Nutrition for Weight Loss: Is a Low-Carbohydrate Diet Right for Me?

The foods you eat contain calories made up of proteins, fats, and carbohydrates. There are more carbs in foods that have starches and sugars. This includes things like bread, pasta, rice, potatoes, and sweets. A low-carbohydrate (low-carb) diet is based on eating less of these foods.

Path to improved health

Eating less carbs can have several health benefits, such as:

  • Losing weight.You do this by eating fewer, and healthier, calories than your body uses. Low-carb diets often are paired with smaller meals and exercise. Most people who begin a low-carb diet for the first time will lose weight in the first 6 months. After that, you can maintain your weight with a low-carb diet.
  • Preventing or reversing type 2 diabetes.Your body breaks carbs into sugars during digestion. Sugar can raise your blood glucose levels, which produce more insulin. This hormone tells your body to store fat instead of burn it. When your body burns good nutrients in place of fat, you feel hungry. This creates a bad cycle that can lead to issues, such as type 2 diabetes. If you eat a low-carb diet, you can reduce your insulin. Doing this can prevent type 2 diabetes, or even reverse the effects if you already have type 2 diabetes.
  • Protecting against chronic diseases.Maintaining a low-carb diet can help you prevent certain conditions. It can lower your cholesterol level and blood pressure. If you already have these, a low-carb diet can improve them. A healthy diet also can lower your risk for heart disease.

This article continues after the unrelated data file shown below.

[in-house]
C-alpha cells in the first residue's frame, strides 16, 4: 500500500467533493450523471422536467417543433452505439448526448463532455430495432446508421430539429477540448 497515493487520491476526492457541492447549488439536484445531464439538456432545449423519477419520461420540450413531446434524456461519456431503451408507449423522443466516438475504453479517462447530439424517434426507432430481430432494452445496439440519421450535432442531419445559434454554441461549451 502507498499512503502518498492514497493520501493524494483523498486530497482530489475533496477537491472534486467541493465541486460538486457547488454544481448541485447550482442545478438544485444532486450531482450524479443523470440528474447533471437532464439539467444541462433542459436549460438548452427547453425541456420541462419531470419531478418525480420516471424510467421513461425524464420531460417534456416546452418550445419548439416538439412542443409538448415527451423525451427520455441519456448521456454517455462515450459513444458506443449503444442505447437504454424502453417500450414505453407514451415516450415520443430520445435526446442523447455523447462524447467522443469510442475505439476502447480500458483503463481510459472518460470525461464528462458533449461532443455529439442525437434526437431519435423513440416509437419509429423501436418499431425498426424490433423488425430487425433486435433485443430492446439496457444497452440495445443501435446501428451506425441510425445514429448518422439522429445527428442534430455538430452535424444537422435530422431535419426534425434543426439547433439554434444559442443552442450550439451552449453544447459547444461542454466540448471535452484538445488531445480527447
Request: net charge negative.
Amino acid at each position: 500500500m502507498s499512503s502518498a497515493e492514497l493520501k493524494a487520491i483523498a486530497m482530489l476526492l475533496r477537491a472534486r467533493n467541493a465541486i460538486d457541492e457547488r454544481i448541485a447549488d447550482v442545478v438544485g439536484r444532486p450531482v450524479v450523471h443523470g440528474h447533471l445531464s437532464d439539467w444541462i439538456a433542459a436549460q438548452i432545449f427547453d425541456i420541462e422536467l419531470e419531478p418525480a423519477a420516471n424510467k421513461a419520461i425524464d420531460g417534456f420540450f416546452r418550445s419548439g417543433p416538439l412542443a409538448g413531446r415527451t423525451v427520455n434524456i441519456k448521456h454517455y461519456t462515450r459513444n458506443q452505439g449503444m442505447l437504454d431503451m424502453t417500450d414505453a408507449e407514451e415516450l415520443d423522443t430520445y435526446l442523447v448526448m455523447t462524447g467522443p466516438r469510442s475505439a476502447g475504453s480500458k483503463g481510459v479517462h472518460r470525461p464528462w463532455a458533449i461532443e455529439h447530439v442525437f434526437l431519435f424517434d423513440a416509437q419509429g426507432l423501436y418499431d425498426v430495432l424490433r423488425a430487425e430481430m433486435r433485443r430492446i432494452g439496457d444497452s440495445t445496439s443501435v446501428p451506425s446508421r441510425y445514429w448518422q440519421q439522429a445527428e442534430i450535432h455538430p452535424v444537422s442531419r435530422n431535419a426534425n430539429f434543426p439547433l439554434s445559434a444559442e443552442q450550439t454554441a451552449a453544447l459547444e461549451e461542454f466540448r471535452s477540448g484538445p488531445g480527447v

When you replace carbs with healthy fats, it’s called a low-carb, high-fat (LCHF) diet. You also should avoid eating low-fat or no-fat products. Instead, choose foods like:

  • vegetables (fresh or frozen)
  • meat
  • fish
  • cheese
  • eggs
  • healthy fats, such as butter, cream, olive oil, and nuts

Things to consider

You might have side effects when you switch to a low-carb diet. Usually, these are mild and don’t last long. Common side effects include:

  • headache
  • tiredness
  • fizziness
  • change in mood
  • bad breath
  • muscle cramps
  • nausea
  • constipation or diarrhea

Talk to your doctor before starting a new diet. This especially is true if you’re pregnant, breastfeeding, or have a health condition. Your doctor can make sure you get enough nutrients. He or she might recommend taking a daily multivitamin or fiber supplement. One example is Metamucil.

Questions to ask your doctor

  • Is a low-carb diet meant to be short-term or long-term?
  • Should I take vitamins or supplements while I’m on a low-carb diet?
  • Can kids follow a low-carb diet, too?
  • What are the side effects of switching to a low-carb diet?

Resources

DietDoctor: A Low-Carb Diet for Beginners